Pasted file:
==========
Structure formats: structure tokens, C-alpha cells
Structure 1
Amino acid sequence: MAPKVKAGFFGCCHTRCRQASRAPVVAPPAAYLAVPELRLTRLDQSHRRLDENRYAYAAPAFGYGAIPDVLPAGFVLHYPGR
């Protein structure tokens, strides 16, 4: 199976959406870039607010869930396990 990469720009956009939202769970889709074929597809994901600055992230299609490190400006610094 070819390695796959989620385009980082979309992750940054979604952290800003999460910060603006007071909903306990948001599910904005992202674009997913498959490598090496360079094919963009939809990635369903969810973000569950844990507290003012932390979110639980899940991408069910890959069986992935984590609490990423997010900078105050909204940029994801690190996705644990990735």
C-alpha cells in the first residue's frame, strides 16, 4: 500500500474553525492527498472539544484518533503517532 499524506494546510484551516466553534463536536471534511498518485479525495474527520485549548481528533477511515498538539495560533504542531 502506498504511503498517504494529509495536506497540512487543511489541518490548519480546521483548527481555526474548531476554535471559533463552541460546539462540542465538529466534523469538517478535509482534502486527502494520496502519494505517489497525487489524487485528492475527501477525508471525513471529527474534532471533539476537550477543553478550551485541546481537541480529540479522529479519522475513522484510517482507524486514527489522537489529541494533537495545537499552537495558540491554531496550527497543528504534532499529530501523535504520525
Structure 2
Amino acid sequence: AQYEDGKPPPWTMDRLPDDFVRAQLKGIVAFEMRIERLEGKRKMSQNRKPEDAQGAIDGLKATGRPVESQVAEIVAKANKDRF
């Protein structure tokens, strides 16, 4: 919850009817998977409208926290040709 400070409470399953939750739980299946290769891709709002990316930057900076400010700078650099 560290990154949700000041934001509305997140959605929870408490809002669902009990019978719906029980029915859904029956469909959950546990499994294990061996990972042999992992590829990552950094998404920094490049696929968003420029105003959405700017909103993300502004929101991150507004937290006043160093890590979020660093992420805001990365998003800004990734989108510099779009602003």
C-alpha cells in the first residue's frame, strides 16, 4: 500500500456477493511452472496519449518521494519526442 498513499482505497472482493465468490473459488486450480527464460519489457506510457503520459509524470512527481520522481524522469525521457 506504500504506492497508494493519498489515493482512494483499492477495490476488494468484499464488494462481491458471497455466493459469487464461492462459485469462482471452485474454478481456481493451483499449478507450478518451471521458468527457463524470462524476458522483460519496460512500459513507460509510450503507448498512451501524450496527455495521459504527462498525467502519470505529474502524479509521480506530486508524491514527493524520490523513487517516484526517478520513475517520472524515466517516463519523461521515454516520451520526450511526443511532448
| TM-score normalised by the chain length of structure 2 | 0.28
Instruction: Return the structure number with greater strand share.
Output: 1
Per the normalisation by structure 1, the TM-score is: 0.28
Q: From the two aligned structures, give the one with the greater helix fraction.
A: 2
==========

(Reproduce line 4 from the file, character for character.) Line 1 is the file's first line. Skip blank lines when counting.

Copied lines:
């Protein structure tokens, strides 16, 4: 199976959406870039607010869930396990 990469720009956009939202769970889709074929597809994901600055992230299609490190400006610094 070819390695796959989620385009980082979309992750940054979604952290800003999460910060603006007071909903306990948001599910904005992202674009997913498959490598090496360079094919963009939809990635369903969810973000569950844990507290003012932390979110639980899940991408069910890959069986992935984590609490990423997010900078105050909204940029994801690190996705644990990735």